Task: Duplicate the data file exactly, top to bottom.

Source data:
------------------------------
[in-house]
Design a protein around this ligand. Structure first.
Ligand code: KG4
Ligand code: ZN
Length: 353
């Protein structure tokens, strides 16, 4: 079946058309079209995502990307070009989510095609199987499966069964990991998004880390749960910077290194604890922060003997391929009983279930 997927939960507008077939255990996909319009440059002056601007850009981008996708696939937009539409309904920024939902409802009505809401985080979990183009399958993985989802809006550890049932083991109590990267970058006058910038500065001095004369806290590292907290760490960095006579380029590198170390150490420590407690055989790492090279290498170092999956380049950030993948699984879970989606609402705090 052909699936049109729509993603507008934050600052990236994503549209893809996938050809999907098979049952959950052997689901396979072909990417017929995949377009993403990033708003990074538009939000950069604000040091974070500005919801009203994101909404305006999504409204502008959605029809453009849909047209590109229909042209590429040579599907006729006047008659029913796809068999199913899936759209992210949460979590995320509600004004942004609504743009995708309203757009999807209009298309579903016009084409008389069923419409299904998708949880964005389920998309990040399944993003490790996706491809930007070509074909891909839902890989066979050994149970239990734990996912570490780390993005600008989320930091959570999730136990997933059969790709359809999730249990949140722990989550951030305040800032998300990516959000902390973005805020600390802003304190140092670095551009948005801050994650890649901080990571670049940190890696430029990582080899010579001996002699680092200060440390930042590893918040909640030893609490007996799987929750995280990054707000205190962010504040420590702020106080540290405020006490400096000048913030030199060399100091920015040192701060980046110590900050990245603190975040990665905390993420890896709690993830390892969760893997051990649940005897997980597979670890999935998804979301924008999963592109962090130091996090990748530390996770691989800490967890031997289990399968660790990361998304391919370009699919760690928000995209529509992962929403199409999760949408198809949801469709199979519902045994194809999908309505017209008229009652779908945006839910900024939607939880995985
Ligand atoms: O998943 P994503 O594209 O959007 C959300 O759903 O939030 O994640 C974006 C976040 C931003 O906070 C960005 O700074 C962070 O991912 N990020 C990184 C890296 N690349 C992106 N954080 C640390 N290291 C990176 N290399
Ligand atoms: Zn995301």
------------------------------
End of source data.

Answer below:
[in-house]
Design a protein around this ligand. Structure first.
Ligand code: KG4
Ligand code: ZN
Length: 353
């Protein structure tokens, strides 16, 4: 079946058309079209995502990307070009989510095609199987499966069964990991998004880390749960910077290194604890922060003997391929009983279930 997927939960507008077939255990996909319009440059002056601007850009981008996708696939937009539409309904920024939902409802009505809401985080979990183009399958993985989802809006550890049932083991109590990267970058006058910038500065001095004369806290590292907290760490960095006579380029590198170390150490420590407690055989790492090279290498170092999956380049950030993948699984879970989606609402705090 052909699936049109729509993603507008934050600052990236994503549209893809996938050809999907098979049952959950052997689901396979072909990417017929995949377009993403990033708003990074538009939000950069604000040091974070500005919801009203994101909404305006999504409204502008959605029809453009849909047209590109229909042209590429040579599907006729006047008659029913796809068999199913899936759209992210949460979590995320509600004004942004609504743009995708309203757009999807209009298309579903016009084409008389069923419409299904998708949880964005389920998309990040399944993003490790996706491809930007070509074909891909839902890989066979050994149970239990734990996912570490780390993005600008989320930091959570999730136990997933059969790709359809999730249990949140722990989550951030305040800032998300990516959000902390973005805020600390802003304190140092670095551009948005801050994650890649901080990571670049940190890696430029990582080899010579001996002699680092200060440390930042590893918040909640030893609490007996799987929750995280990054707000205190962010504040420590702020106080540290405020006490400096000048913030030199060399100091920015040192701060980046110590900050990245603190975040990665905390993420890896709690993830390892969760893997051990649940005897997980597979670890999935998804979301924008999963592109962090130091996090990748530390996770691989800490967890031997289990399968660790990361998304391919370009699919760690928000995209529509992962929403199409999760949408198809949801469709199979519902045994194809999908309505017209008229009652779908945006839910900024939607939880995985
Ligand atoms: O998943 P994503 O594209 O959007 C959300 O759903 O939030 O994640 C974006 C976040 C931003 O906070 C960005 O700074 C962070 O991912 N990020 C990184 C890296 N690349 C992106 N954080 C640390 N290291 C990176 N290399
Ligand atoms: Zn995301």